Kitchen Design - 18.10.19
Tips for mixing kitchen worktops
The worktops are probably the most noticeable feature in a kitchen. They are the largest and most visible surfaces in the room, and as they see lots of culinary action, what they’re made from is a prime consideration. In addition to being visual elements, they’re tactile elements, so it’s important to consider how these surfaces feel as well as how they look. A current popular trend is to contrast worktops with other elements of the kitchen, whether in the form of different materials, colours, or textures. Read on for our guide to mixing and matching kitchen worktops.
A popular way of mixing kitchen worktops is to incorporate multiple materials into your kitchen design. There are a number of ways to do this. One way would be to have one worktop made from one material, and another worktop made from another. This is particularly powerful if your worktops are distinct from each other (i.e. not touching), perhaps they’re on opposite sides of the room or you have an island in your kitchen. One option is to combine a natural material, such as wood or granite, with an engineered material, such as porcelain or quartz. This creates an enticing contrast of cold and smooth with warm and textured.
A different take on ‘mixing’ worktops is to contrast them with the units upon which they sit. Wooden worktops with charcoal-coloured units or marble-style porcelain worktops with pale oak wood units create a clean contrasting style that is modern and sleek.
Another way of mixing your kitchen worktops is to have two materials within the same counter. For example, wood and marble are a tasteful combination that works together because they serve a practical function too. The wooden section is warmer to the touch, lacking the sometimes harsh cold feel of marble. The marble section, by virtue of it being inherently cooler to the touch, makes for a better baking surface since pastry behaves better under colder conditions. Woods such as teak are durable and water-resistant, making them ideal close to the sink. The mixture of these different elements allows you to elevate your cooking while adding a visual contrast into your kitchen.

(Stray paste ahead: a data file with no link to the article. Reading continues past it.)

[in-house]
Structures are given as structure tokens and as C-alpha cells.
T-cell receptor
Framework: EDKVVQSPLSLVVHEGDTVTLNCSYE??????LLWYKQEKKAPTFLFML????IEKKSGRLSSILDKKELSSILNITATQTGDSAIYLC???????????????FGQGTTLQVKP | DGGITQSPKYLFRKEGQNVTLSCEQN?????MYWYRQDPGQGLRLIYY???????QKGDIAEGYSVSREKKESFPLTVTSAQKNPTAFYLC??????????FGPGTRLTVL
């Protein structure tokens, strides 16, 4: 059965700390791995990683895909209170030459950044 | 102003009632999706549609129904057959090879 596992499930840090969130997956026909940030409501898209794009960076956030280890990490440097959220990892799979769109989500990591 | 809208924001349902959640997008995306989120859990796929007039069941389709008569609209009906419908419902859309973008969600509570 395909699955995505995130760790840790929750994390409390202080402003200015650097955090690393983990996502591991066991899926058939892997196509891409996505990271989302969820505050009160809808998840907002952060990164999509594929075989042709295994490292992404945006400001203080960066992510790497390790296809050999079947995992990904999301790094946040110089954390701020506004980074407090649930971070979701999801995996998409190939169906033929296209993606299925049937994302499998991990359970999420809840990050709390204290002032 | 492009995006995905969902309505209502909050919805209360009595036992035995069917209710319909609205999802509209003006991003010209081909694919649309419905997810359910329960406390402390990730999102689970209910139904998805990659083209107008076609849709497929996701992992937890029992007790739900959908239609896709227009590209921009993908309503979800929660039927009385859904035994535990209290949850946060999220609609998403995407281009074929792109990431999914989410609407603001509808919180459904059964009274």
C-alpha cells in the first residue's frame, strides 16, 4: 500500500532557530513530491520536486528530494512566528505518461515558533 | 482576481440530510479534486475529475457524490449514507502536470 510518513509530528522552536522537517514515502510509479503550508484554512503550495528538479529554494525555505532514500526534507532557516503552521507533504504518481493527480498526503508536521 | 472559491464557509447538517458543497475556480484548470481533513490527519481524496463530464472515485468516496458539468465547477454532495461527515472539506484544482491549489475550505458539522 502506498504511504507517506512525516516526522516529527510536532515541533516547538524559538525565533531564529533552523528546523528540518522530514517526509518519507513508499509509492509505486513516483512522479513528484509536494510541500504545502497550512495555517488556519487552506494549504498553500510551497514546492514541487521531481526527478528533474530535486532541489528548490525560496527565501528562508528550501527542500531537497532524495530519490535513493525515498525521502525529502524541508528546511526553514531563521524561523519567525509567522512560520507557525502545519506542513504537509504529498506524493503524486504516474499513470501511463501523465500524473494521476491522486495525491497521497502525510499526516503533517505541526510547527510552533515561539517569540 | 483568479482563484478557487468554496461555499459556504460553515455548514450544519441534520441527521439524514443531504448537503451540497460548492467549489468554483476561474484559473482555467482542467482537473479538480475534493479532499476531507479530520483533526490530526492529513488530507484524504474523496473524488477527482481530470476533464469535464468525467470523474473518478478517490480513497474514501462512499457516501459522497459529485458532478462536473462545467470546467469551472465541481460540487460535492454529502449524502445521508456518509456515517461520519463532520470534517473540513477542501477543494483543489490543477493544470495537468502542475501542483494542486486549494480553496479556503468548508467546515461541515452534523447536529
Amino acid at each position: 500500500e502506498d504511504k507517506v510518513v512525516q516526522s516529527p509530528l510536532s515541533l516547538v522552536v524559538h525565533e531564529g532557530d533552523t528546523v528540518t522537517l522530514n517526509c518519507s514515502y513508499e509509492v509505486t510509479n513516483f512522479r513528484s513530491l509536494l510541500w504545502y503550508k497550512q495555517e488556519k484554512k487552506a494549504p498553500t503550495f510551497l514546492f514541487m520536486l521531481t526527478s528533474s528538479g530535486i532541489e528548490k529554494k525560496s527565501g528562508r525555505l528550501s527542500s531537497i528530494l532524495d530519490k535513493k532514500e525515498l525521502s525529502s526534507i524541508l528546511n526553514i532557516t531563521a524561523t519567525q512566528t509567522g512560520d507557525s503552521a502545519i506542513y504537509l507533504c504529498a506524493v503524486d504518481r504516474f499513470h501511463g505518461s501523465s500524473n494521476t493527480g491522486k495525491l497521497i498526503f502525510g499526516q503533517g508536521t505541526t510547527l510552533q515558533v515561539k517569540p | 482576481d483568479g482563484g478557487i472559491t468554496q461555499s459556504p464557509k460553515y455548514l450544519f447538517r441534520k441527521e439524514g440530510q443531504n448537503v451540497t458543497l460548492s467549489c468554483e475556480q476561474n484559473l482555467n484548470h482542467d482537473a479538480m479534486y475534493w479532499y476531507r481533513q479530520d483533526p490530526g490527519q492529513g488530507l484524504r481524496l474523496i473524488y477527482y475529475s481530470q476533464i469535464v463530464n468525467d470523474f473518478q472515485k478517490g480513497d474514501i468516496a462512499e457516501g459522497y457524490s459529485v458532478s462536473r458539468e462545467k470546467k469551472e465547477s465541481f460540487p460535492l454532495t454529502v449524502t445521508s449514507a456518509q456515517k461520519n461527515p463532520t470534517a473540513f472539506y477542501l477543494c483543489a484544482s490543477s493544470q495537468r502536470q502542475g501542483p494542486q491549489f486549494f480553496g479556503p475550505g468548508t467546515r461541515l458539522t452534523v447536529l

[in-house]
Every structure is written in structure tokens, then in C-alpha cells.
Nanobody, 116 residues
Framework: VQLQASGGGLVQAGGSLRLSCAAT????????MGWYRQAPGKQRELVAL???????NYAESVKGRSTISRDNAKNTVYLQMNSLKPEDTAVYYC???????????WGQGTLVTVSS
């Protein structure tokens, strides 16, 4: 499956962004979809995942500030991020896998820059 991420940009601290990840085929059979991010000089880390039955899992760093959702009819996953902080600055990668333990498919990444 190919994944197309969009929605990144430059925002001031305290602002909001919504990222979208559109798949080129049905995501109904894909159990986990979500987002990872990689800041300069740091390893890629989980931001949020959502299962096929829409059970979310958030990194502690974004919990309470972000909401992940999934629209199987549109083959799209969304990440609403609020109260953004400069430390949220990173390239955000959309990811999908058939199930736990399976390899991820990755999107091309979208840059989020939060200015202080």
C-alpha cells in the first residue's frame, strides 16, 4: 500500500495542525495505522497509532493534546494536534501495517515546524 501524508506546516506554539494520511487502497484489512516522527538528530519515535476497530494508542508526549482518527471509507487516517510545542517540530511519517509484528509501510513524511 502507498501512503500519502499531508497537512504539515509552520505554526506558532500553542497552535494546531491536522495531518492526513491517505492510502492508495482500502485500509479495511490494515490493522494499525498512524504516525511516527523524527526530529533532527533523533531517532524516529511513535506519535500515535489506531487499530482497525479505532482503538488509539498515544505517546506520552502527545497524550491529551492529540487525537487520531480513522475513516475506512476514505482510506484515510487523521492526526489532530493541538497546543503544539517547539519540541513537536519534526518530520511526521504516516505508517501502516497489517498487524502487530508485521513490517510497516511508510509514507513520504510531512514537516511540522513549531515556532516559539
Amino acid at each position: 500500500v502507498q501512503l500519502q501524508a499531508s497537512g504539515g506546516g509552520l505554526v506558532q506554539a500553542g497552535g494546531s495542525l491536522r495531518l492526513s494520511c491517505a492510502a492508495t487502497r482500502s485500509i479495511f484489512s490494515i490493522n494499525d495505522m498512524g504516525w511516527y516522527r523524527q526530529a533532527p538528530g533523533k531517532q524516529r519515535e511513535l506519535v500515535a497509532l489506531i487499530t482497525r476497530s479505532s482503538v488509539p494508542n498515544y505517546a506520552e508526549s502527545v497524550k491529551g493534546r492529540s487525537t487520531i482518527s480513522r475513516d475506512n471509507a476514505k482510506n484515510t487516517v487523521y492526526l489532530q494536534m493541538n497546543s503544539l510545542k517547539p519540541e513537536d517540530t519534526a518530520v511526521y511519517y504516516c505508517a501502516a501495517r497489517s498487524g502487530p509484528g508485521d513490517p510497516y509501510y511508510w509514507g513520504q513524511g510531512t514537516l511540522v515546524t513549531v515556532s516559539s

Light and dark
Mixing bold, dark colours with bright, pale colours creates a striking image that never fails to demand attention, especially from guests. It’s a very bold option to use in your kitchen, so consider it carefully as the size and shape of your kitchen can significantly impact the aesthetic appeal of a light/dark theme.
Brilliant white marble and dark grey or charcoal work well together, and you may choose to have the room light with dark accents, or dark with light accents. The former creates a clean, minimalistic feel while the latter creates a more moody, atmospheric look to your kitchen. Choosing between these two colour palettes is where the size of your kitchen comes into play. Dark colours as the main theme may be overbearing in a smaller kitchen or one that receives limited natural light. As a rule, brighter and large kitchens can accommodate the intensity of dark worktops and units better than smaller or dimmer kitchens, which will benefit from light colours as the focus. Similarly, light colours help to make a room seem larger than it is.
If you’re set on having the primary colour be a dark grey or black, then a glossy finish could help with reflecting light and brightening the room more than a matte finish. It works in a similar way to how mirrors create the illusion of space.
A central feature
Another daring combination for worktops is to design your kitchen island as the main feature, central to the room both physically and metaphorically. Our pick would have to be a waterfall kitchen island, a particular style where the worktop runs over the edge and down the entire side of the island, giving it a smooth, complete finish.
By choosing a bold colour and design for your island and coupling it with a very neutral or monotone style throughout the rest of your kitchen, your island to be the standout feature. Having the worktop made from Tigerwood or Zebrawood (so-called for their bold stripes) for instance with off-white kitchen units would make for an excellent contrast that will draw the eye towards your central island.
Inspiration comes in many forms, and our recommendations in this blog post can only do so much. Get in touch with one of our experts to discuss more ideas for your new kitchen, or better yet, come and visit our showroom in Tonbridge, Kent. Here we can show you first-hand a wide variety of worktop samples and ideas, and you can literally get a feel for the ones you’d like. We’re always happy to help!